UK food and drink exports post record Q1 growth

Britain's top three export destinations are Ireland, France and the United States. © iStock

Britain’s food and drink exports remain robust thanks to the weaker pound with UK food and drink exports for Q1 2017 valued at £4.9 billion (€5.6 billion), according to the Food and Drink Federation (FDF).

The figure—up 8.3% on 2016—is the largest Q1 exports value on record, helped by the popularity of the UK's top 3 export products, which remain whisky, salmon and chocolate.

Exports of salmon saw the largest value growth, up 52.3% in Q1 to £186.7m (€214.0m). Chocolate’s value growth increased by 6.4% to £155.3m (€178.2m).

Ireland, France and the United States were the top three destinations for UK food and drink in terms of overall value.

All but one of the top 20 markets recorded export growth with Spain recording a 21.6% decrease compared with 2016.

However, the greatest percentage growth during this period occurred in non-EU countries.

Beer was the key driver in export growth to South Korea (+40.3%) and animal feed boosted those to South Africa (+31.2%).

“It is pleasing to see non-EU exports performing beyond expectations,” noted Ian Wright, FDF’s director general.

“As the UK leaves the EU growth in exports is hugely important to our sector. We hope that with the determination of businesses and the assistance of the new government, we can open more channels and provide a further boost to the UK's competitiveness on the world market.”

“We want to work with government to take advantage of increased demand for UK products overseas and the opportunities that leaving the EU is expected to create.

“We would encourage the new government to look to [Irish Food Board] Bord Bia  as inspiration in creating an organisation to help turbocharge sales of UK food and drink globally.”

UK trading relations

With ongoing Brexit negotiations, an upcoming general election and recent currency fluctuations, the UK is approaching significant crossroads in its trading relations with Europe.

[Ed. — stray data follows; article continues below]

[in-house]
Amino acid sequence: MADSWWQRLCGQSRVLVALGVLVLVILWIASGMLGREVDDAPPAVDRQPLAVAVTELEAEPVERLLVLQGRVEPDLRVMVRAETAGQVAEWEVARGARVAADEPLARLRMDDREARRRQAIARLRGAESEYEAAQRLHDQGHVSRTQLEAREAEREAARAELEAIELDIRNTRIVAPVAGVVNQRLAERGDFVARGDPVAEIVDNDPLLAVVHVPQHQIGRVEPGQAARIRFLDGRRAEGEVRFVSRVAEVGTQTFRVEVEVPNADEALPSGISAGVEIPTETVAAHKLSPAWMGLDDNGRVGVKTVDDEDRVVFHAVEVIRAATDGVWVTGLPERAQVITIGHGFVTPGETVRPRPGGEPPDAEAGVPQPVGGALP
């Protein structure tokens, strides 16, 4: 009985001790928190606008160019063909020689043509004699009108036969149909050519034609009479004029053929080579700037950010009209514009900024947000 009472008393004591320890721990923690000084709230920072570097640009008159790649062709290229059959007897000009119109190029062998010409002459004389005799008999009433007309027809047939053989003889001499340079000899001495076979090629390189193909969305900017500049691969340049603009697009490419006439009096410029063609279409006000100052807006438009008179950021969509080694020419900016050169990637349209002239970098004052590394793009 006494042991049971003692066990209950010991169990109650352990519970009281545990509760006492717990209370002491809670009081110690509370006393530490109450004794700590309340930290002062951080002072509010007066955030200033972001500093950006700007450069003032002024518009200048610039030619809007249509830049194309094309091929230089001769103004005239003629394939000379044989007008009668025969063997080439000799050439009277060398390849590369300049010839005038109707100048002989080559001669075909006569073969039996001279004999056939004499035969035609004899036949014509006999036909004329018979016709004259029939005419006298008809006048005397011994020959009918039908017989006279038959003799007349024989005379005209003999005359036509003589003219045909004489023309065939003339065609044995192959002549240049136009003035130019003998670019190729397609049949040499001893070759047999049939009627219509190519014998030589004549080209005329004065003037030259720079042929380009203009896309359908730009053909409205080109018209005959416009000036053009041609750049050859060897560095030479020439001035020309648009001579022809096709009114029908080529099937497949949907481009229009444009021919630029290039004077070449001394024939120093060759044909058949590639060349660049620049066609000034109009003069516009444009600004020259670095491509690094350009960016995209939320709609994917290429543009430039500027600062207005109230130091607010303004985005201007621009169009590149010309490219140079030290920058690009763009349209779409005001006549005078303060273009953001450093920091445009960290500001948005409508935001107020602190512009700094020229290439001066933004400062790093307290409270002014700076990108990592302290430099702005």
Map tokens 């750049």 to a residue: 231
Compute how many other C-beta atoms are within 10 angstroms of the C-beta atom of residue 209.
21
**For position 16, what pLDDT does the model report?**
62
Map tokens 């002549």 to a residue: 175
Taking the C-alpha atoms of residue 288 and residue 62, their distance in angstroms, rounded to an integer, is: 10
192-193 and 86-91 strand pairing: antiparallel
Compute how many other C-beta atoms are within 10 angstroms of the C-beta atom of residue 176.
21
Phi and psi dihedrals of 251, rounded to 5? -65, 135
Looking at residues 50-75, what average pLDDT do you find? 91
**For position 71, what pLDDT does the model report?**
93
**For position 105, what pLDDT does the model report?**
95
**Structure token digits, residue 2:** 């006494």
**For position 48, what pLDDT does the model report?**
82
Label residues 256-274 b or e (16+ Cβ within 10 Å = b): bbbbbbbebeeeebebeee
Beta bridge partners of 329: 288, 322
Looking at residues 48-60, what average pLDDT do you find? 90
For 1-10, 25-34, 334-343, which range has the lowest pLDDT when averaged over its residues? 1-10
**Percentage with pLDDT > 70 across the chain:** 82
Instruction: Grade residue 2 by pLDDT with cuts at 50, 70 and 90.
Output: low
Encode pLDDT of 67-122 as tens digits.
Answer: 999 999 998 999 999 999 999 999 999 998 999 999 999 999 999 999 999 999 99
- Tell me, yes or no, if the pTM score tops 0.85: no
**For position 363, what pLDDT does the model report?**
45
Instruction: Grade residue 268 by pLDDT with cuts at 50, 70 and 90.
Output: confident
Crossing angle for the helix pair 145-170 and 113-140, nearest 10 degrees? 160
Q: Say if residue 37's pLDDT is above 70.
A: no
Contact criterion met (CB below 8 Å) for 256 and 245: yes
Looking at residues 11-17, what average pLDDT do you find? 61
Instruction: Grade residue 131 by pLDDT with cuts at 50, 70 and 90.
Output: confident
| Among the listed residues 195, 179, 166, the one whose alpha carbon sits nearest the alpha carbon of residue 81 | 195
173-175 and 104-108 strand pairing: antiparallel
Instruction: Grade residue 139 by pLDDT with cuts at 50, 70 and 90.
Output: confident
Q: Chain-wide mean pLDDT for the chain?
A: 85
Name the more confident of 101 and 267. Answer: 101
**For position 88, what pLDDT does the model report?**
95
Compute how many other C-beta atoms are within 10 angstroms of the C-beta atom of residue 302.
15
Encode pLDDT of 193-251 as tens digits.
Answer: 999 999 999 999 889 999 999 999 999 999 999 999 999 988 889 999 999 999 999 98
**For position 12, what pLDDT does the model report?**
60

The fall in the pound has provided a boost to UK export competitiveness. UK exporters have been able to sell their goods cheaper and/or increase their profit margins as foreign buyers need less currency to buy the same quantity of goods. 

However the fall in the currency's value has also resulted in an increase in the cost of imported ingredients and raw materials.

Consequently, the UK's food and drink trade deficit increased by 19% to -£6.2bn (€7.1bn) in Q1 2017.

The third quarter of this year will better reveal the extent of weaker sterling on British exports as companies negotiate new sales agreements with overseas buyers.

Ahead of next week’s general election, the FDF has urged the next government to recognise the strategic importance of UK food and drink and the export potential among UK manufacturers.

Currently only around 20% of food and drink manufacturers actively export.

FDEA response

“We would like to see government further encourage exporting by ensuring producers have the skills and support to enter new, challenging markets post-Brexit,” said the director of the Food and Drink Exporters Association (FDEA), Elsa Fairbanks.

“We must not ignore the importance of existing and very strong EU markets which still represent 65% of food and drink exports and this must be a priority as Brexit negotiations start.

"Ease of access to EU markets will continue to be vital to our industry in future, as many food and drink products are not suited to export to distant markets. Although we recognise the need to explore new opportunities, leaving the EU should not mean ignoring those we already have.”

Related News

Nestlé’s Fiona Kendrick takes FDF presidency

Nestlé’s Fiona Kendrick takes FDF presidency

Many companies have committed to sourcing 100% sustainable palm oil - but how is it done?

FDF guide aims to boost sustainable palm oil use

FDF appoints NFU man to communications post

Munday returns to FDF as chief science officer

Munday returns to FDF as chief science officer

FDF allergen guide aims to curb excess ‘may contain’ labelling

Related Products

See more related products

Submit a comment

Your comment has been saved

Post a comment

Please note that any information that you supply is protected by our Privacy and Cookie Policy. Access to all documents and request for further information are available to all users at no costs, In order to provide you with this free service, William Reed Business Media SAS does share your information with companies that have content on this site. When you access a document or request further information from this site, your information maybe shared with the owners of that document or information.